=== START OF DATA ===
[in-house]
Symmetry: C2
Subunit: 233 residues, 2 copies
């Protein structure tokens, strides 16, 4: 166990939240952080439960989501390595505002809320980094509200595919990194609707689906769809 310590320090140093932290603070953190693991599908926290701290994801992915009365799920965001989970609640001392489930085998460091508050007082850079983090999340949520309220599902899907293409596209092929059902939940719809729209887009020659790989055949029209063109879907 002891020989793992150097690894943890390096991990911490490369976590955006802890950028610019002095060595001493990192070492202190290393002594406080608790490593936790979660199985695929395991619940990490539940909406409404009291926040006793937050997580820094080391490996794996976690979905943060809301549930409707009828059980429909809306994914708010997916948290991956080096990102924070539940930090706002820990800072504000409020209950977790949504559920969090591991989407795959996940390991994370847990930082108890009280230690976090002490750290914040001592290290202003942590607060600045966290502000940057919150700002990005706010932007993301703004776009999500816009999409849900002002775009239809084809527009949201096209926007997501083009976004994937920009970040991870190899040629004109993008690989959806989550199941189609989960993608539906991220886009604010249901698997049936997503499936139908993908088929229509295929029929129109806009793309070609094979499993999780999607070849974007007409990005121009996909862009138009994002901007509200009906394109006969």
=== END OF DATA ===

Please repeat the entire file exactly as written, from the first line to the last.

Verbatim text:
[in-house]
Symmetry: C2
Subunit: 233 residues, 2 copies
């Protein structure tokens, strides 16, 4: 166990939240952080439960989501390595505002809320980094509200595919990194609707689906769809 310590320090140093932290603070953190693991599908926290701290994801992915009365799920965001989970609640001392489930085998460091508050007082850079983090999340949520309220599902899907293409596209092929059902939940719809729209887009020659790989055949029209063109879907 002891020989793992150097690894943890390096991990911490490369976590955006802890950028610019002095060595001493990192070492202190290393002594406080608790490593936790979660199985695929395991619940990490539940909406409404009291926040006793937050997580820094080391490996794996976690979905943060809301549930409707009828059980429909809306994914708010997916948290991956080096990102924070539940930090706002820990800072504000409020209950977790949504559920969090591991989407795959996940390991994370847990930082108890009280230690976090002490750290914040001592290290202003942590607060600045966290502000940057919150700002990005706010932007993301703004776009999500816009999409849900002002775009239809084809527009949201096209926007997501083009976004994937920009970040991870190899040629004109993008690989959806989550199941189609989960993608539906991220886009604010249901698997049936997503499936139908993908088929229509295929029929129109806009793309070609094979499993999780999607070849974007007409990005121009996909862009138009994002901007509200009906394109006969």